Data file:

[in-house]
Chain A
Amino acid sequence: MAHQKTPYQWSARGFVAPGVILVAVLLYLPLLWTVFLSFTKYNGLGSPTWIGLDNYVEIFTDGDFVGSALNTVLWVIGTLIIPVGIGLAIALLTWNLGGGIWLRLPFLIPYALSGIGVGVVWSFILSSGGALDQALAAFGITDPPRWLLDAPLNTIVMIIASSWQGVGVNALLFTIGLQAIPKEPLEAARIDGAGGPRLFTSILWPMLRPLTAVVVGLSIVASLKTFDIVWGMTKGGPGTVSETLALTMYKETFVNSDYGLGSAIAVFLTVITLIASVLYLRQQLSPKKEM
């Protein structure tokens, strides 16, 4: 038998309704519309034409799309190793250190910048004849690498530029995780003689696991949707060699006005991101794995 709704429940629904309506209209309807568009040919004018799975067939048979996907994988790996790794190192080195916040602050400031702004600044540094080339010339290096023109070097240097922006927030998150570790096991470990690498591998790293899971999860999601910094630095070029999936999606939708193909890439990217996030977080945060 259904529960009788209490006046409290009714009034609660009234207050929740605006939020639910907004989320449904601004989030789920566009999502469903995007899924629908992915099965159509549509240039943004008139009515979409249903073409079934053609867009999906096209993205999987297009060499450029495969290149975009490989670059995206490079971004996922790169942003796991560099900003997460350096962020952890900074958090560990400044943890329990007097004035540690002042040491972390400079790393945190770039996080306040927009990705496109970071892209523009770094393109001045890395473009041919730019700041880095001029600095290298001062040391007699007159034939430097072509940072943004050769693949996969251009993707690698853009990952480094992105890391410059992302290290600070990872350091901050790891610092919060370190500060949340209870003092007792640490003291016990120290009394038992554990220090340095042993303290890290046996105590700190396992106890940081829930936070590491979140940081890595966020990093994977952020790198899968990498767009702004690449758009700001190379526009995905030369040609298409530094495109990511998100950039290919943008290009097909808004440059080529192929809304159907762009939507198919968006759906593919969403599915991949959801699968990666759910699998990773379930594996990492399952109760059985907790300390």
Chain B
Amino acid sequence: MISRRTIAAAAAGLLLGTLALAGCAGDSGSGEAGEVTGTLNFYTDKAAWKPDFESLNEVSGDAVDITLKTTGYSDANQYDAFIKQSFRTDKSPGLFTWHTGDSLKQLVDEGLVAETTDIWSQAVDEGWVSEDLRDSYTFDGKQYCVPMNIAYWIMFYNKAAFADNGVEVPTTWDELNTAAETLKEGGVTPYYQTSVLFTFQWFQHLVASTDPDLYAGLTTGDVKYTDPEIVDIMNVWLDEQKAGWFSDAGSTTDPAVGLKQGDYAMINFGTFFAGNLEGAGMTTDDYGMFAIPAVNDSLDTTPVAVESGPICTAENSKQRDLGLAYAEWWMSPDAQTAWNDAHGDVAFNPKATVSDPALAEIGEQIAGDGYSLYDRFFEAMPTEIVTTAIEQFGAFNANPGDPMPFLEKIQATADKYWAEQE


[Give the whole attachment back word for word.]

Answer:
[in-house]
Chain A
Amino acid sequence: MAHQKTPYQWSARGFVAPGVILVAVLLYLPLLWTVFLSFTKYNGLGSPTWIGLDNYVEIFTDGDFVGSALNTVLWVIGTLIIPVGIGLAIALLTWNLGGGIWLRLPFLIPYALSGIGVGVVWSFILSSGGALDQALAAFGITDPPRWLLDAPLNTIVMIIASSWQGVGVNALLFTIGLQAIPKEPLEAARIDGAGGPRLFTSILWPMLRPLTAVVVGLSIVASLKTFDIVWGMTKGGPGTVSETLALTMYKETFVNSDYGLGSAIAVFLTVITLIASVLYLRQQLSPKKEM
């Protein structure tokens, strides 16, 4: 038998309704519309034409799309190793250190910048004849690498530029995780003689696991949707060699006005991101794995 709704429940629904309506209209309807568009040919004018799975067939048979996907994988790996790794190192080195916040602050400031702004600044540094080339010339290096023109070097240097922006927030998150570790096991470990690498591998790293899971999860999601910094630095070029999936999606939708193909890439990217996030977080945060 259904529960009788209490006046409290009714009034609660009234207050929740605006939020639910907004989320449904601004989030789920566009999502469903995007899924629908992915099965159509549509240039943004008139009515979409249903073409079934053609867009999906096209993205999987297009060499450029495969290149975009490989670059995206490079971004996922790169942003796991560099900003997460350096962020952890900074958090560990400044943890329990007097004035540690002042040491972390400079790393945190770039996080306040927009990705496109970071892209523009770094393109001045890395473009041919730019700041880095001029600095290298001062040391007699007159034939430097072509940072943004050769693949996969251009993707690698853009990952480094992105890391410059992302290290600070990872350091901050790891610092919060370190500060949340209870003092007792640490003291016990120290009394038992554990220090340095042993303290890290046996105590700190396992106890940081829930936070590491979140940081890595966020990093994977952020790198899968990498767009702004690449758009700001190379526009995905030369040609298409530094495109990511998100950039290919943008290009097909808004440059080529192929809304159907762009939507198919968006759906593919969403599915991949959801699968990666759910699998990773379930594996990492399952109760059985907790300390």
Chain B
Amino acid sequence: MISRRTIAAAAAGLLLGTLALAGCAGDSGSGEAGEVTGTLNFYTDKAAWKPDFESLNEVSGDAVDITLKTTGYSDANQYDAFIKQSFRTDKSPGLFTWHTGDSLKQLVDEGLVAETTDIWSQAVDEGWVSEDLRDSYTFDGKQYCVPMNIAYWIMFYNKAAFADNGVEVPTTWDELNTAAETLKEGGVTPYYQTSVLFTFQWFQHLVASTDPDLYAGLTTGDVKYTDPEIVDIMNVWLDEQKAGWFSDAGSTTDPAVGLKQGDYAMINFGTFFAGNLEGAGMTTDDYGMFAIPAVNDSLDTTPVAVESGPICTAENSKQRDLGLAYAEWWMSPDAQTAWNDAHGDVAFNPKATVSDPALAEIGEQIAGDGYSLYDRFFEAMPTEIVTTAIEQFGAFNANPGDPMPFLEKIQATADKYWAEQE